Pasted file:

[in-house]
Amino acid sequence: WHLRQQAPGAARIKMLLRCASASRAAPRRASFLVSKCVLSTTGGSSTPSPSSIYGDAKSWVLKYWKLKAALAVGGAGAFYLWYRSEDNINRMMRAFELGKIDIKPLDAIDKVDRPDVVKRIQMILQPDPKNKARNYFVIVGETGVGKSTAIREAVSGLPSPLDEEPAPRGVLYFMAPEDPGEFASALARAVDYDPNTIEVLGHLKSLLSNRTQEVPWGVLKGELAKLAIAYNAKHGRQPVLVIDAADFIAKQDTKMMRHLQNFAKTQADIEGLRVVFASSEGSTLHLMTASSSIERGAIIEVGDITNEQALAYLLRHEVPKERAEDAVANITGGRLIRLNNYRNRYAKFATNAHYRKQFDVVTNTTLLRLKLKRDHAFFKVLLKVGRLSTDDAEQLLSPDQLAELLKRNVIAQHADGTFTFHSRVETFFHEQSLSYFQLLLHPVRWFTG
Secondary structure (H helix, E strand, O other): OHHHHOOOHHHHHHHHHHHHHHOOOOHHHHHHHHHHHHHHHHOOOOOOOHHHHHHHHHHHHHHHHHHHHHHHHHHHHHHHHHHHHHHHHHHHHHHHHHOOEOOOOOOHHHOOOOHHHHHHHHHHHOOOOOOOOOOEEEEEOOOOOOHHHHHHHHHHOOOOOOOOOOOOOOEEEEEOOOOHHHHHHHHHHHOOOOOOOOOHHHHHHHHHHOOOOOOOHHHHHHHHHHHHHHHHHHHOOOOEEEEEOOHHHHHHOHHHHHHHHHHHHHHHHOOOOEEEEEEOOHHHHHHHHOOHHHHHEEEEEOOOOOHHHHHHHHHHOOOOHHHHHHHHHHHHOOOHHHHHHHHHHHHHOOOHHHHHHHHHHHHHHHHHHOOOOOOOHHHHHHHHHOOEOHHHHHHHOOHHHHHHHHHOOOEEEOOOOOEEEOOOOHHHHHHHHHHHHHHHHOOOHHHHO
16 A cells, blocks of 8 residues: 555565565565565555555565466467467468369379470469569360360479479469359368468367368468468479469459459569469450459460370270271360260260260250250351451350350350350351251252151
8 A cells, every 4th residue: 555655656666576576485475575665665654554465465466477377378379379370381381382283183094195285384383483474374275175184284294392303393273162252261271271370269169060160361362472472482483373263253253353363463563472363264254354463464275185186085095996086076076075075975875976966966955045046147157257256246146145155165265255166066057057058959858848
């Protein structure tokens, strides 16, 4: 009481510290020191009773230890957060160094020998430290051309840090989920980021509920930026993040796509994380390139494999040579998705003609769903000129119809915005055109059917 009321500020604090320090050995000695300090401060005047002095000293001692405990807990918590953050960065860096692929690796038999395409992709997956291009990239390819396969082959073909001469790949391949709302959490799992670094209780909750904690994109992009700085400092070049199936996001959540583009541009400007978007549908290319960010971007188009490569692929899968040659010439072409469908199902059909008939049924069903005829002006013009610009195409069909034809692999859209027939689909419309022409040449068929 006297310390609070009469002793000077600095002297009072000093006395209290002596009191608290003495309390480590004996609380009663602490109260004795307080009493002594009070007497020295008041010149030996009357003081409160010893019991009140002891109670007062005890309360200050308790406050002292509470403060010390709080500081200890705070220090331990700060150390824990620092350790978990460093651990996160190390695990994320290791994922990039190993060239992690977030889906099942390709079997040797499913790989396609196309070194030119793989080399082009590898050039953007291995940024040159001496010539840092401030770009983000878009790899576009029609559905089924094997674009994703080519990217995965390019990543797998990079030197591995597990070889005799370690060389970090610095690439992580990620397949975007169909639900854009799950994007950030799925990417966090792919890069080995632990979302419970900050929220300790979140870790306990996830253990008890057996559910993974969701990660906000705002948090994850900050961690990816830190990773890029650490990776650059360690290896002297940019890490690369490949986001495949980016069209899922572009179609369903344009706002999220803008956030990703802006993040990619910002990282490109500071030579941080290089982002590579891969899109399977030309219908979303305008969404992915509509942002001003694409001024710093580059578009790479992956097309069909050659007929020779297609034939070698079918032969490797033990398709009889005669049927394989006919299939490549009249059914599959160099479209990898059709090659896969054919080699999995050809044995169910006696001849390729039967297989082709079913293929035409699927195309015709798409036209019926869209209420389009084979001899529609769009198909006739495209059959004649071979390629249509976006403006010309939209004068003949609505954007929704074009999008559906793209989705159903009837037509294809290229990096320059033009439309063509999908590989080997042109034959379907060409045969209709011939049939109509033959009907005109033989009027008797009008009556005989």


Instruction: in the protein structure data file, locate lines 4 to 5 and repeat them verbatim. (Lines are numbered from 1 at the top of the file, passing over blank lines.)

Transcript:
16 A cells, blocks of 8 residues: 555565565565565555555565466467467468369379470469569360360479479469359368468367368468468479469459459569469450459460370270271360260260260250250351451350350350350351251252151
8 A cells, every 4th residue: 555655656666576576485475575665665654554465465466477377378379379370381381382283183094195285384383483474374275175184284294392303393273162252261271271370269169060160361362472472482483373263253253353363463563472363264254354463464275185186085095996086076076075075975875976966966955045046147157257256246146145155165265255166066057057058959858848